Tom Hanks jury case halted 'after prosecutor approached star'
A court case in which Tom Hanks was sitting as a juror came to a halt amid allegations of jury tampering after a "star-struck" prosecutor approached the Oscar-winning actor during a break in the hearing.
Mr Hanks, 57, had answered a routine call to perform jury service and was among 12 jurors trying a domestic violence case in Los Angeles.
The star of Forrest Gump, Apollo 13 and Saving Private Ryan, made every effort to remain low key, turning up to court dressed casually in jeans and a shirt.
He took notes assiduously, listened intently to the evidence, and spoke to other jurors, the entertainment website TMZ reported.
But during a break in proceedings a member of the Los Angeles city prosecutors' office reportedly approached him in a stairwell and thanked him for doing his duty, breaking rules on lawyers speaking to individual jurors outside the court room.
When the court hearing started again prosecutors disclosed the inappropriate contact to the judge, and defence lawyers accused the prosecution of misconduct. No fault was assigned to Mr Hanks.
Defence lawyer Andrew Flier told TMZ: "The assigned prosecutor on the case gave notice to the court and myself, which was his duty of course under the ethics rules, that he either saw or was told that one of his colleagues had the contact with Mr Hanks. It was a female prosecutor. It was not the assigned trial prosecutor."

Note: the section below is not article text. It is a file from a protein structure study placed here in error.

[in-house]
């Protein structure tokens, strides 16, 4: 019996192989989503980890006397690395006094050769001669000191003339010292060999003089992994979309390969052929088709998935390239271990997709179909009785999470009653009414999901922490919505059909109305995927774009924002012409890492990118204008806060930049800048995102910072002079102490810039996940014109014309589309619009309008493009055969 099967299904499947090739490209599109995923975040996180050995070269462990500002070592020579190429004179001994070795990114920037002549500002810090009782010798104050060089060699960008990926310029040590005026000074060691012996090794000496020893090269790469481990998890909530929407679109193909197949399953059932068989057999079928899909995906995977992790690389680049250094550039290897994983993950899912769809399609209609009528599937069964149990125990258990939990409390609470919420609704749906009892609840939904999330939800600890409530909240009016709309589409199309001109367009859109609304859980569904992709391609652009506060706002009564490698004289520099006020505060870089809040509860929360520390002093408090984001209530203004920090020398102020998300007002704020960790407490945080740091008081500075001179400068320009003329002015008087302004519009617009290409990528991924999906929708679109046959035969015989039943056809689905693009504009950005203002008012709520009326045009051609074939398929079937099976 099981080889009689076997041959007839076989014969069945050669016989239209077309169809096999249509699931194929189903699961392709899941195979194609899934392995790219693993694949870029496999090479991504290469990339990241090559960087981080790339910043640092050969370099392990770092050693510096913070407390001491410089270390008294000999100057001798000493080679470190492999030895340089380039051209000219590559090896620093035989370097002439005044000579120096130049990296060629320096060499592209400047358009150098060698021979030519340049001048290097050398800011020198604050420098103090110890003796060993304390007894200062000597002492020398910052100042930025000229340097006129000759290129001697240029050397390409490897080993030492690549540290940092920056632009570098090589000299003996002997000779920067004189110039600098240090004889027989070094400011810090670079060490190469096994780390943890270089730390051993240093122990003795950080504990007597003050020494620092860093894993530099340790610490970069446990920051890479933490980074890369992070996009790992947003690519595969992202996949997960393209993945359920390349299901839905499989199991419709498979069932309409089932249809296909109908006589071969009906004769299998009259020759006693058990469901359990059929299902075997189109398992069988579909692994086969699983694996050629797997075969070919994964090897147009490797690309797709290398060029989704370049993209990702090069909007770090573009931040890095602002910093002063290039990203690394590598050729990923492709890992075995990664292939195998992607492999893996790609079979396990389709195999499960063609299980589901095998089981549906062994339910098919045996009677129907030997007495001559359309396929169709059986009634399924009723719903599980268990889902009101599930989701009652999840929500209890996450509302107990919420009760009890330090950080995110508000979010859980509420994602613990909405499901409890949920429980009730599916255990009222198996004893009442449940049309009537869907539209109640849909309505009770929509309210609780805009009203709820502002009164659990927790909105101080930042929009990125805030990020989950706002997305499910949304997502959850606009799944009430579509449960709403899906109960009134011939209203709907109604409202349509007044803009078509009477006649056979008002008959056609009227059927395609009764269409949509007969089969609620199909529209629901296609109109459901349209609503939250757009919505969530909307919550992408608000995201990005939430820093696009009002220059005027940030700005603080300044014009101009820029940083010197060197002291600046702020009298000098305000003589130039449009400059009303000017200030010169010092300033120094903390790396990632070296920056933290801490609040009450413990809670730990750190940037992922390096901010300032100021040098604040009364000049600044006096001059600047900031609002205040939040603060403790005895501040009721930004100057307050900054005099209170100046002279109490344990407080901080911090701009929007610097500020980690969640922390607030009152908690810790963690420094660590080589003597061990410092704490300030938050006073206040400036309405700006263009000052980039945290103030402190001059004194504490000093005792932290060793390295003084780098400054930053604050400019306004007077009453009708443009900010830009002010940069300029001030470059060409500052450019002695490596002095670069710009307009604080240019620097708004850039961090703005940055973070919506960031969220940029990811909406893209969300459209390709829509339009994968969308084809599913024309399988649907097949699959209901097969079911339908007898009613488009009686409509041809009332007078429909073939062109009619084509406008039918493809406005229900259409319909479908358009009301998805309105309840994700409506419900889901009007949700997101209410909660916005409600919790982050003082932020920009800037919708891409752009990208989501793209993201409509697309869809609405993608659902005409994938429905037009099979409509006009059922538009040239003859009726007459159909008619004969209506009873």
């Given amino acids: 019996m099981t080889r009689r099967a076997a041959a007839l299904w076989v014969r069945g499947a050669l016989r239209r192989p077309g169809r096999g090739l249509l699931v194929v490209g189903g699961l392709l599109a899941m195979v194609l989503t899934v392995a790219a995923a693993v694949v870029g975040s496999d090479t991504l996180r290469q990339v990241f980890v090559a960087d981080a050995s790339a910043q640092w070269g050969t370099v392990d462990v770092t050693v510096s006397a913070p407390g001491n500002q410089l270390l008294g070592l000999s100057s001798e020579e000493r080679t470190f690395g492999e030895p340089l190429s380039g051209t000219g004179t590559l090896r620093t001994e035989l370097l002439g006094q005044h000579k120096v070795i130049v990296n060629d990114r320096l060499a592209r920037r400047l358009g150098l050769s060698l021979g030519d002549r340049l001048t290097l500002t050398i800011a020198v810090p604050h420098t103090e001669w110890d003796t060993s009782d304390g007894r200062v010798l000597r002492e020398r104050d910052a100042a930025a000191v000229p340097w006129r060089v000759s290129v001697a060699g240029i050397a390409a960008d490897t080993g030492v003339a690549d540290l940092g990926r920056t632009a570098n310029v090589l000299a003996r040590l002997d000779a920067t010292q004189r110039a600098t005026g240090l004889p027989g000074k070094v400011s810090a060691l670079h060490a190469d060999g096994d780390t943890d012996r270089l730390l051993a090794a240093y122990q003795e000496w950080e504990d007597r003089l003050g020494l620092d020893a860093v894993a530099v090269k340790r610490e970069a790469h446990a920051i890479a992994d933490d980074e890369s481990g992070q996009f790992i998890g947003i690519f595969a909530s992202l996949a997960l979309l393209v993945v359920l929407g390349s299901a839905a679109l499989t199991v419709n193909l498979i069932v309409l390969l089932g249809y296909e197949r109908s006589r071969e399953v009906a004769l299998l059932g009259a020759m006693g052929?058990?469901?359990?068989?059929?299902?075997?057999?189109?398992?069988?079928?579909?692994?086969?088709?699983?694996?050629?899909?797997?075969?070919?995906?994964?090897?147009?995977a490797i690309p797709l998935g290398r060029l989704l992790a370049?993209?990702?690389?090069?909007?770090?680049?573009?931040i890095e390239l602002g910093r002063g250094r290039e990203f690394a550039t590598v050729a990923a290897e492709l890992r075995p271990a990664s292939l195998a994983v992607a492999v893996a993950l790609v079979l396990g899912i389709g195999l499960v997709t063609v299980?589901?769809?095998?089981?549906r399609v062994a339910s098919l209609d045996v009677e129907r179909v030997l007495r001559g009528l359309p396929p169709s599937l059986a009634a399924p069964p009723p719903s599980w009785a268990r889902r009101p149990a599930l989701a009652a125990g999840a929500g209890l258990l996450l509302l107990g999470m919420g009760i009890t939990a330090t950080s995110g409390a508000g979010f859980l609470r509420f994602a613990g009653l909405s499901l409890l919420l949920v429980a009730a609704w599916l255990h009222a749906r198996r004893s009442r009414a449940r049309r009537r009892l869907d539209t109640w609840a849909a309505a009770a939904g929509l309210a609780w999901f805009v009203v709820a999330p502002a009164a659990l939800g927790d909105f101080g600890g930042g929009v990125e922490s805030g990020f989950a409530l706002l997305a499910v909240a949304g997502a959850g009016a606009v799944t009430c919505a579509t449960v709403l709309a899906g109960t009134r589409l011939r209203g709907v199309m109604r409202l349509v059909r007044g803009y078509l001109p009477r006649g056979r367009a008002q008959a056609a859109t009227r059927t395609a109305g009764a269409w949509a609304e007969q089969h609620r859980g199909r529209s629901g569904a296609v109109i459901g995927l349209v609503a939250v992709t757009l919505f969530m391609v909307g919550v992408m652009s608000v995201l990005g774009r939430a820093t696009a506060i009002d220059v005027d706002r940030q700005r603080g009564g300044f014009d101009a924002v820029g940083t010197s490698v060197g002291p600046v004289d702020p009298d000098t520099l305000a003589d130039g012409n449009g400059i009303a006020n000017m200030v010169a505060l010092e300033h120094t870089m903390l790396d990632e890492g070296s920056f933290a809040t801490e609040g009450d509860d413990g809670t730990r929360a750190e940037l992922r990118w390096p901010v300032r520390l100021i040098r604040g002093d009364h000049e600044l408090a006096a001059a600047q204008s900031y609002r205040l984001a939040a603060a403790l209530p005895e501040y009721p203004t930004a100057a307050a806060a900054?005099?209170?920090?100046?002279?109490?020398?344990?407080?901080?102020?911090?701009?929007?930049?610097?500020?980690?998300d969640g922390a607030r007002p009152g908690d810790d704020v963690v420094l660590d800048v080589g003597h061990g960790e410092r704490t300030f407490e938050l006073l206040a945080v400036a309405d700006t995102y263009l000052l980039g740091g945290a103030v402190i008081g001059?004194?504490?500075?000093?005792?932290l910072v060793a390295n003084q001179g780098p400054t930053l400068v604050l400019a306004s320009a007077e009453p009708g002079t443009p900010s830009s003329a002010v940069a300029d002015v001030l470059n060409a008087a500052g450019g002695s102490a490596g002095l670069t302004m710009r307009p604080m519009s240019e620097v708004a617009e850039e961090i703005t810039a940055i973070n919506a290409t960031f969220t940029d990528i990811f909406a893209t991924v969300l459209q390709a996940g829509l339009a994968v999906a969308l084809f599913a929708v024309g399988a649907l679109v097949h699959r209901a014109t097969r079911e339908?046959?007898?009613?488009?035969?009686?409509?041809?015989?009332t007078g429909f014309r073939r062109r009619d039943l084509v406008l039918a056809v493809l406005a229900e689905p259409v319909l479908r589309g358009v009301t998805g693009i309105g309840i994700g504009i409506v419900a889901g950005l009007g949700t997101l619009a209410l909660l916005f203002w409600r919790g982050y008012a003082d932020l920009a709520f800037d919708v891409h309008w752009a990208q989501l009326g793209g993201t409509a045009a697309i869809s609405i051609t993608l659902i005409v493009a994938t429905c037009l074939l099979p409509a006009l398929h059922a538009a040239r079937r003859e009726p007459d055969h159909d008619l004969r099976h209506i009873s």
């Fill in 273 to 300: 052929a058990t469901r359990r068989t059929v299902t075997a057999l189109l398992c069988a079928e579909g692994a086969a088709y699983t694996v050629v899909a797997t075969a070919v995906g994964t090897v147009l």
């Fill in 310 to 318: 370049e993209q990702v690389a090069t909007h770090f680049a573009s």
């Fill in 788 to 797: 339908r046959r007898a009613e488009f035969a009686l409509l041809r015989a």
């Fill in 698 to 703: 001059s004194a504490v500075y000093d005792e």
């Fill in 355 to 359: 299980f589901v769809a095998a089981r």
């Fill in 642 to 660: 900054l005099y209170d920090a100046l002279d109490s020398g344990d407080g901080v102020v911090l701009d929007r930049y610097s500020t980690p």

He added: "She definitely should not have done what she did. Around noon time yesterday or the day before she made contact with Mr Hanks in the stairwell of the building. She came up to him and thanked him, and (said) how impressed everyone is that such a celebrity would still be here serving jury duty.
"So she, in essence, was being maybe a little star-struck and nice, but it's an absolute 100 per cent no-no and should never have happened."
The defendant had been charged with battering a woman in a case which could have led to a jail sentence if he was convicted.
In the wake of the prosecution misconduct lawyers on both sides began negotiating a plea deal, TMZ reported.
That led to the defendant pleading guilty to disturbing the peace and receiving a $150 (£95) fine.